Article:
However, LinkBuds S includes several controls that do not require the user’s involvement. When the earbuds detect that you’re having conversations with someone, Speak-to-Chat instantly pauses music playback.
Moreover, the earbuds can detect movement and change the ANC/transparency toggle for you automatically. In the companion app, you can adjust these settings or listening choices based on your activity.
The Sony LinkBuds S has a battery life of up to six hours even if you activate noise cancellation. That’s not it. It can also gain extra 14 hours of playback accessible through the charging case. After 6 hours and 15 minutes of no phone conversations in our tests, the LinkBuds S was ready to be put back in the case, outlasting the LinkBuds (5.5 hours) and the AirPods Pro (4.5 hours).
While the LinkBuds S is light and fairly comfy (Sony claims they’re the lightest ANC earbuds on the market, and they certainly seem that way), I had considerable trouble getting them to stay in my ear, but if you gently twist them, they stay.
Despite this, I found them to be more secure and comfy than standard LinkBuds, which have an open design and don’t fit as well in your ear.
The plastic case of the LinkBuds S looks cheap. It got a lot of smudges and scratches after only a few days.
What’s more frustrating is that the case lacks wireless charging capabilities.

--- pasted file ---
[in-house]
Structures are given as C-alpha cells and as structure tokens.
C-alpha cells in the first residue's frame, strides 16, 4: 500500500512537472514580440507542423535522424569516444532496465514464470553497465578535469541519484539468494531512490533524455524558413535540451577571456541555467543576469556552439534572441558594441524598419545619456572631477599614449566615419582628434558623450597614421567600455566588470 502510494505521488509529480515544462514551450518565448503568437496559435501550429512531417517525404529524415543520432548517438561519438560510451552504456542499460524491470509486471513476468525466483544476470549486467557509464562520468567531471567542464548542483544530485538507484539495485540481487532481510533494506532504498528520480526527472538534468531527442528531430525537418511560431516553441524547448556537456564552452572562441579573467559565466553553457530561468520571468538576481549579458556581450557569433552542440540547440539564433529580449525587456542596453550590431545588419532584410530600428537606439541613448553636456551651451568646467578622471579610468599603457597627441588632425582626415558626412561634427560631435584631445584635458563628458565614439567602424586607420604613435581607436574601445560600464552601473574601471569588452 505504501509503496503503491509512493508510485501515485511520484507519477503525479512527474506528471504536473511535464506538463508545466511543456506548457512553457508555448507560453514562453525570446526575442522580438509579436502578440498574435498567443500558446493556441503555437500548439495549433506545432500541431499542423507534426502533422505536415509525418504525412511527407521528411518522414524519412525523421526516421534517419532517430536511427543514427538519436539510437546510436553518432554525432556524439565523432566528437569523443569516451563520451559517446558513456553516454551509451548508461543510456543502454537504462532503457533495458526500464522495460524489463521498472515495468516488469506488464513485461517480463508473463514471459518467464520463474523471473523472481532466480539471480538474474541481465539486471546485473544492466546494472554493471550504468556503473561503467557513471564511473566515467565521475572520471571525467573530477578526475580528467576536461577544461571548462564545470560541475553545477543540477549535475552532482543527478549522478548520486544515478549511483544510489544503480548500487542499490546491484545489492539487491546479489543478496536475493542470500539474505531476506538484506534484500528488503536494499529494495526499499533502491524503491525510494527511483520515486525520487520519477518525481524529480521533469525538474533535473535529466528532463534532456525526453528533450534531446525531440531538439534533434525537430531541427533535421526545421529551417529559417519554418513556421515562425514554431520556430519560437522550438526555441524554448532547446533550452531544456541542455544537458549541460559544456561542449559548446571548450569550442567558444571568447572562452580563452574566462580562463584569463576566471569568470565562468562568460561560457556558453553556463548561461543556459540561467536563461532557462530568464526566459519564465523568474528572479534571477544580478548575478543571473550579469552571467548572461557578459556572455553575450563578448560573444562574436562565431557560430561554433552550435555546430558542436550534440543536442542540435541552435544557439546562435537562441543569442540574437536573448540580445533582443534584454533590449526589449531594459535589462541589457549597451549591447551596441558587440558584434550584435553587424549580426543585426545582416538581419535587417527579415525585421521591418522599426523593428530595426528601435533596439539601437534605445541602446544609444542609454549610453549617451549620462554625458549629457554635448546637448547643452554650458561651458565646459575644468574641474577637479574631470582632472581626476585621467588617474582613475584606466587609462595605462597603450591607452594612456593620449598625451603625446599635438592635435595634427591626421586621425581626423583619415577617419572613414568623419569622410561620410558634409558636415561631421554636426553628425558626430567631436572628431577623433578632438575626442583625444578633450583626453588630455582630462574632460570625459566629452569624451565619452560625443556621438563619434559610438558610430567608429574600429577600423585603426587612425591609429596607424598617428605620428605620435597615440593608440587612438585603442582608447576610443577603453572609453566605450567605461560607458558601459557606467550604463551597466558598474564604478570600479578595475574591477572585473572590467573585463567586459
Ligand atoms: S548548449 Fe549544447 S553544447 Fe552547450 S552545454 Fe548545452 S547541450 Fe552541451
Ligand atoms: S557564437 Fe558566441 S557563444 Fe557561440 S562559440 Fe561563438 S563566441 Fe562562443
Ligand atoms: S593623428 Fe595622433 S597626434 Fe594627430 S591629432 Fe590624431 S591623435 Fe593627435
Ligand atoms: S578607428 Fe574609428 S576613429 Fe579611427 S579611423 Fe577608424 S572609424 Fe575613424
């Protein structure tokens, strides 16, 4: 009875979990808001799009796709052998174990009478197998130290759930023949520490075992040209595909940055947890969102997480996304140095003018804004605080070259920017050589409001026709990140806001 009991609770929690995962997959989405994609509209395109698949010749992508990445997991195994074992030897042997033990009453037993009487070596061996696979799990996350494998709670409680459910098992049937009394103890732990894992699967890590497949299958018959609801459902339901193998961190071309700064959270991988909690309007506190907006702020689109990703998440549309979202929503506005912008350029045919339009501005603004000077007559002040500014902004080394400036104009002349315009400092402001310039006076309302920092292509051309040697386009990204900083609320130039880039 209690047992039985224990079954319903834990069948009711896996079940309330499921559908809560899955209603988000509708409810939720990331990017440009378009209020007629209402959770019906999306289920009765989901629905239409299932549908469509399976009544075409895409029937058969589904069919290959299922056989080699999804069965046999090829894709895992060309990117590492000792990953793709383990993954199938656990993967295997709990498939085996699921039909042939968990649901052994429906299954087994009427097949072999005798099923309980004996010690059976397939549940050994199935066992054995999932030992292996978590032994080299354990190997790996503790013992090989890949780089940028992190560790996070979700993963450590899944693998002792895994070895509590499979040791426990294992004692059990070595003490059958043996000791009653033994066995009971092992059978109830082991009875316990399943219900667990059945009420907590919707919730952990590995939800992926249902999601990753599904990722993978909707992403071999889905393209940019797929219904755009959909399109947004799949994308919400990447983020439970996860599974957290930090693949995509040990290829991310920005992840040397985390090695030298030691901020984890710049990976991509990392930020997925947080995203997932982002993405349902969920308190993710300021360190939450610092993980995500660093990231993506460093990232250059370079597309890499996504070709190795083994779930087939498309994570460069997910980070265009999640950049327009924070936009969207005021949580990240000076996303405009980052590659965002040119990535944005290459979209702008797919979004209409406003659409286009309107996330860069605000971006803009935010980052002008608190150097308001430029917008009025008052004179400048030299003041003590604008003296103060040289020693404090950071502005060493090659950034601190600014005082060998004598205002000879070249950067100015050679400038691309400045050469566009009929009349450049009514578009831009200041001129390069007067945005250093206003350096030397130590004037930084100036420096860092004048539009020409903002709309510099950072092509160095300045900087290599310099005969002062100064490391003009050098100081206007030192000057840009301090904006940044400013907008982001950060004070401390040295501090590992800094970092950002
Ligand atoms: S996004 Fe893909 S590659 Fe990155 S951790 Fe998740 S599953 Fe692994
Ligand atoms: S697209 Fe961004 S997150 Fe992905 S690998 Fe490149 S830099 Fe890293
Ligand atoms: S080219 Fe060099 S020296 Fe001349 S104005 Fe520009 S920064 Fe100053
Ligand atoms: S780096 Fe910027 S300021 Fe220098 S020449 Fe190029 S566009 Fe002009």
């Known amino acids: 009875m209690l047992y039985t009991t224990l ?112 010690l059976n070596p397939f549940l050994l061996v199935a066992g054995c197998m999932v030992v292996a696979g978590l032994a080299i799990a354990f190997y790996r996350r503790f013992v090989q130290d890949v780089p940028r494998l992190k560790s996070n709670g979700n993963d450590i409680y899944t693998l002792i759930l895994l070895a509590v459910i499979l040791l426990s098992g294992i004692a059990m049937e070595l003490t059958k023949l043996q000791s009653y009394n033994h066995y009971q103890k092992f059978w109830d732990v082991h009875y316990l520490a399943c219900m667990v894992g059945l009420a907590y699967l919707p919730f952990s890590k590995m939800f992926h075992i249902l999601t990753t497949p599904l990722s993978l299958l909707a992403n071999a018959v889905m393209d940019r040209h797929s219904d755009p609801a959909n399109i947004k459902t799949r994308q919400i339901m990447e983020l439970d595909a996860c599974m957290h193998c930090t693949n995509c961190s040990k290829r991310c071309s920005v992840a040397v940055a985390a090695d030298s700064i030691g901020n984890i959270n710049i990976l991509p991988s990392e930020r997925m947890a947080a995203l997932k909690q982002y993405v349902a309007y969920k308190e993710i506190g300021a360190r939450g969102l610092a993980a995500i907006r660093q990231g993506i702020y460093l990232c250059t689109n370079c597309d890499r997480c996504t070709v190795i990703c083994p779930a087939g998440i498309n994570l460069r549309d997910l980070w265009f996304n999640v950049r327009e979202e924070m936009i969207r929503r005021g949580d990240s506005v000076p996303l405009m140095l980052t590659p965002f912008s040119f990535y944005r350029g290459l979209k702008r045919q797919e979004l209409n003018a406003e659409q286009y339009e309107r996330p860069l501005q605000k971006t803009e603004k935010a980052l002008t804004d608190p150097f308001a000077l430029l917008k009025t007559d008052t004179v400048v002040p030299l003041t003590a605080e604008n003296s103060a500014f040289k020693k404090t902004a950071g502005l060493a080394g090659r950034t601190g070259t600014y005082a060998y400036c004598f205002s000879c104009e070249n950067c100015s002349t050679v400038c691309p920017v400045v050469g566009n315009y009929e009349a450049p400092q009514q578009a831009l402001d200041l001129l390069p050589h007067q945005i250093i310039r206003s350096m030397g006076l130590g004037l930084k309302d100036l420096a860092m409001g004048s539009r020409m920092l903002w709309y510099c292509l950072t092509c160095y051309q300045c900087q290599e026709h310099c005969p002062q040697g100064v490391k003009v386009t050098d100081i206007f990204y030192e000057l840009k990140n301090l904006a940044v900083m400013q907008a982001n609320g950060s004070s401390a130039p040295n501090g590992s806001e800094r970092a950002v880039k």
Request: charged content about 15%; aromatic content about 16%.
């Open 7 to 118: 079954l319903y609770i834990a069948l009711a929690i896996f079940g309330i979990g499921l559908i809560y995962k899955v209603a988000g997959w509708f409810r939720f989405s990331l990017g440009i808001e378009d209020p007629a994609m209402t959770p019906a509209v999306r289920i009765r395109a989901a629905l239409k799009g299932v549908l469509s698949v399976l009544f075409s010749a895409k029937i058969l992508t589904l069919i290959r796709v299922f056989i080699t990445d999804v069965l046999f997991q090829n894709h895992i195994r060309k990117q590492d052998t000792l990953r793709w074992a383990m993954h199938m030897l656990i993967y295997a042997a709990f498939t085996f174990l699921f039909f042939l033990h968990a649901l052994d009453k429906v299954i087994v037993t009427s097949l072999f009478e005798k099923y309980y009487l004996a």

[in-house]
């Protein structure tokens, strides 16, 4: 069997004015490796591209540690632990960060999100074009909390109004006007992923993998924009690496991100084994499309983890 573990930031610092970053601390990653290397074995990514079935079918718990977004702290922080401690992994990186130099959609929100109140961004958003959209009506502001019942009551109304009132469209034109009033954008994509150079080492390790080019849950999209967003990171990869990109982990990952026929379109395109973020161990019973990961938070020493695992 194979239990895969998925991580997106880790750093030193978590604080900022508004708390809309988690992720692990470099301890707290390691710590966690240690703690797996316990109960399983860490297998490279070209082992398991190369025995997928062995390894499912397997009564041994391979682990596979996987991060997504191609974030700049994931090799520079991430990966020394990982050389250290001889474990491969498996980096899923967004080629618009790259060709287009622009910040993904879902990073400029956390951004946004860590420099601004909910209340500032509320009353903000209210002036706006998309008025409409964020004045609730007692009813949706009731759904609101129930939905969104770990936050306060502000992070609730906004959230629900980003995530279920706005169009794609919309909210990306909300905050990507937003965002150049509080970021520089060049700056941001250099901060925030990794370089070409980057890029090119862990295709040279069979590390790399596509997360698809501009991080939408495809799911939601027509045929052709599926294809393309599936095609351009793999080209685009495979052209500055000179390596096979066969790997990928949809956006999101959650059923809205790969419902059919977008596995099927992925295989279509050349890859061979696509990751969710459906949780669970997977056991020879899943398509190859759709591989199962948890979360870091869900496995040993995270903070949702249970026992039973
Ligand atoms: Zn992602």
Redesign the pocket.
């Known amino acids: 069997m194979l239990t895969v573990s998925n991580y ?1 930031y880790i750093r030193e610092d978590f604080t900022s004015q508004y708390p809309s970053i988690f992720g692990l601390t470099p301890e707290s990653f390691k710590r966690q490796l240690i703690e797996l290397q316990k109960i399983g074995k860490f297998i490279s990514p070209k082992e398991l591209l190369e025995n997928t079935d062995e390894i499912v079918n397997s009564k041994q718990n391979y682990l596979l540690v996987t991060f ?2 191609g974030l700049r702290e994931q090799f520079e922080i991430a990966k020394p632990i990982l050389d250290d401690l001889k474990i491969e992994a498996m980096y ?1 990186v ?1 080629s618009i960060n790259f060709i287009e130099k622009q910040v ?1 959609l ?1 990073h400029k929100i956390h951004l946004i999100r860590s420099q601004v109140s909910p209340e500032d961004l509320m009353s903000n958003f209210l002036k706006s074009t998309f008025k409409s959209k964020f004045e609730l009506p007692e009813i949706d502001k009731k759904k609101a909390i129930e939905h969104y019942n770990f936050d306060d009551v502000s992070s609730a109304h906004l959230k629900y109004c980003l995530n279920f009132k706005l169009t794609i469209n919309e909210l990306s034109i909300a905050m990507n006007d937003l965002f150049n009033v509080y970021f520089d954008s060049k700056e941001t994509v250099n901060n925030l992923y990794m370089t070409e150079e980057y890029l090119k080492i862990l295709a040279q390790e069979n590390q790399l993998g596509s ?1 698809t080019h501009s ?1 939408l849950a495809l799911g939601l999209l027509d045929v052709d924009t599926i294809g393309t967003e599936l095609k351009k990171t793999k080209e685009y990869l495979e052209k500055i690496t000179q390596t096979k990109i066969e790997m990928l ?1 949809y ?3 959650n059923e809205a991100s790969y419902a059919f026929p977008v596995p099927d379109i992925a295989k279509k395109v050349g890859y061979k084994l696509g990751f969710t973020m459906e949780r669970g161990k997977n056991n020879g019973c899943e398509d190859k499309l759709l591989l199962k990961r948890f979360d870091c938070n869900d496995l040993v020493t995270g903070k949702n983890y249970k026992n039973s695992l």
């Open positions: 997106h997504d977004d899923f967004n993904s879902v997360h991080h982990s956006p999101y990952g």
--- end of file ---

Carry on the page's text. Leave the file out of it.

The Sony LinkBuds S, without a doubt, sound fantastic for their size and are better than the LinkBud. They have Sony’s V1 processor, which enables them to upscale MP3 and AAC files, which is what most people listen to while streaming music from Spotify or Apple Music. And they certainly have a bright, powerful, and rich sound as compared to sony LinkBuds.
Unlike the Sony LinkBuds, the LinkBuds S can play both high-resolution LDAC files and immersive 360º audio recordings.
When using the Sony LinkBuds, I encountered some minor connectivity issues. One or both buds briefly disconnected for a second when I moved. It wasn’t bothersome enough to be a deal-breaker, but it was irritating enough. And it’s not something I’ve experienced with any of my other earbuds, such as the Sony LinkBuds S, which don’t have connection issues.
You asked, “Are Sony LinkBuds Good and which one to buy?” And I gave my expertise.
Both the Sony LinkBuds and the Sony LinkBuds S are excellent for you; however, the Sony LinkBuds S includes a few more features, making them the best. They’re great wireless earbuds that sound great, have good active noise-cancellation, and a slew of other functions you can use. It will be well worth your money, regardless of the fact that it is more expensive than Sony LinkBuds.